Other countries are shutting schools – why does the Australian government say it’s safe to keep them open?


Peter Collignon, Australian National University

Victoria started school holidays a week early while parents can choose whether to send their children to school in other states. All states and territories are working towards reopening schools in term two.

Prime Minister Scott Morrison has said the medical expert advice is that it is safe to send your children to school.

This seems inconsistent with other strict quarantine measures the country is adopting to reduce the spread of COVID-19, the disease caused by coronavirus, termed SARS-CoV-2.

People are told not to leave the house if possible. All non-essential travel in and out of the country (and between some states) has been banned. Many businesses have closed and services, including open house inspections, have been banned. Even funerals are limited to no more than ten people.

Why then are our schools still open? And why are so many other countries closing their schools?

In short, strict quarantine measures have been shown to be more effective in reducing the spread of COVID-19 than closing schools. And many countries where schools have closed had community transmission for too long before putting in measures to prevent it.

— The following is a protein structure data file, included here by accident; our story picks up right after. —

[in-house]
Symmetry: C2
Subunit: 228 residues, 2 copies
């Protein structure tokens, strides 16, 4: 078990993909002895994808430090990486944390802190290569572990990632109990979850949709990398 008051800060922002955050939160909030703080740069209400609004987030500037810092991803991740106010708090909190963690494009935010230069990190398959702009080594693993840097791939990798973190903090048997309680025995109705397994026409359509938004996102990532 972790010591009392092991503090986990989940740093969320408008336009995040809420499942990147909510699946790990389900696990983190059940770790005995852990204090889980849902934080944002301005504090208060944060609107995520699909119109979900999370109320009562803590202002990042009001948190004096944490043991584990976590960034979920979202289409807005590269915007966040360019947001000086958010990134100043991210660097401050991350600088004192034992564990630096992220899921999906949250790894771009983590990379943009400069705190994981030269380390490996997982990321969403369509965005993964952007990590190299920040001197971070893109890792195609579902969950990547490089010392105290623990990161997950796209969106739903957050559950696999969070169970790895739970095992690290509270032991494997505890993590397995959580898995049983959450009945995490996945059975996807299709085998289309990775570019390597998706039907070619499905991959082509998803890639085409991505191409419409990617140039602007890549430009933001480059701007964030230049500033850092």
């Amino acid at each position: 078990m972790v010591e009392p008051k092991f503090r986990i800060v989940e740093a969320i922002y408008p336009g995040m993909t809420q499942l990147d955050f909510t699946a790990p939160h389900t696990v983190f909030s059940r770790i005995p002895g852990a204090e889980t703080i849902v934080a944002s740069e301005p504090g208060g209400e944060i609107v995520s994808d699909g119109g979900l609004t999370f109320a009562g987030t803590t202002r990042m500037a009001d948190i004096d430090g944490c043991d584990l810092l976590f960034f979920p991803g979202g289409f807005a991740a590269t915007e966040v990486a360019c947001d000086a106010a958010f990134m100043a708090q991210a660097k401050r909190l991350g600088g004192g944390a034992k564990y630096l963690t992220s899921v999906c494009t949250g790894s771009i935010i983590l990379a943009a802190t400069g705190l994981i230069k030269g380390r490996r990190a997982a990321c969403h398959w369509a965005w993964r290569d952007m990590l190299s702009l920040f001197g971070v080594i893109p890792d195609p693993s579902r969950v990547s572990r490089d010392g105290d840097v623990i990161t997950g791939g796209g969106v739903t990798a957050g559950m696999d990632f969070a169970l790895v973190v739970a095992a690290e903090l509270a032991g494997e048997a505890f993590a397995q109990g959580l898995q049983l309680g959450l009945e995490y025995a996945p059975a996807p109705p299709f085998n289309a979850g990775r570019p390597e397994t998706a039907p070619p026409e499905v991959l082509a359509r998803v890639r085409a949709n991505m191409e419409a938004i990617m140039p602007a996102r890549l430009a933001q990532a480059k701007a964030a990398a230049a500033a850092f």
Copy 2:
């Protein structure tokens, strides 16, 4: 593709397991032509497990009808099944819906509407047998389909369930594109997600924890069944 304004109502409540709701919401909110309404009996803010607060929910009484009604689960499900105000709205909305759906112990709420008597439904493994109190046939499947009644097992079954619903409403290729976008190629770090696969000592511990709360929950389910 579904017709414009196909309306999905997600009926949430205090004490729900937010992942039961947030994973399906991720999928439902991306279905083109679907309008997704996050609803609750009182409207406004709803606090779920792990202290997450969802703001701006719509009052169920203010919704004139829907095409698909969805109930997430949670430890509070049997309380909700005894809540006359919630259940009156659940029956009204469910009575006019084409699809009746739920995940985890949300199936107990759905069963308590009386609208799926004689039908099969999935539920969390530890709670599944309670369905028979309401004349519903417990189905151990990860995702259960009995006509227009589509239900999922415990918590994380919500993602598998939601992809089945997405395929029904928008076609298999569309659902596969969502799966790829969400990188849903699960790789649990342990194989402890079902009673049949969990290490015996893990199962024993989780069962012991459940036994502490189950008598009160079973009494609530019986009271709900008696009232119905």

But let’s look at it in more detail.

Children appear to spread the disease less

There is a lot we still don’t know about COVID-19. But we do know children appear to very rarely have serious disease and complications, compared to those in the older age groups like their parents and especially grandparents.

We have a lot of data from a number of countries (China, South Korea, Japan, Italy) where this pandemic has infected large numbers of people. The data show children have rarely (and in many countries never) died from the infection.




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Even those under the age of 30 have rarely died from the disease. Children also appear to get infected at a much lower rate than those who are older – although we can only confirm that once we have rolled out large-scale testing.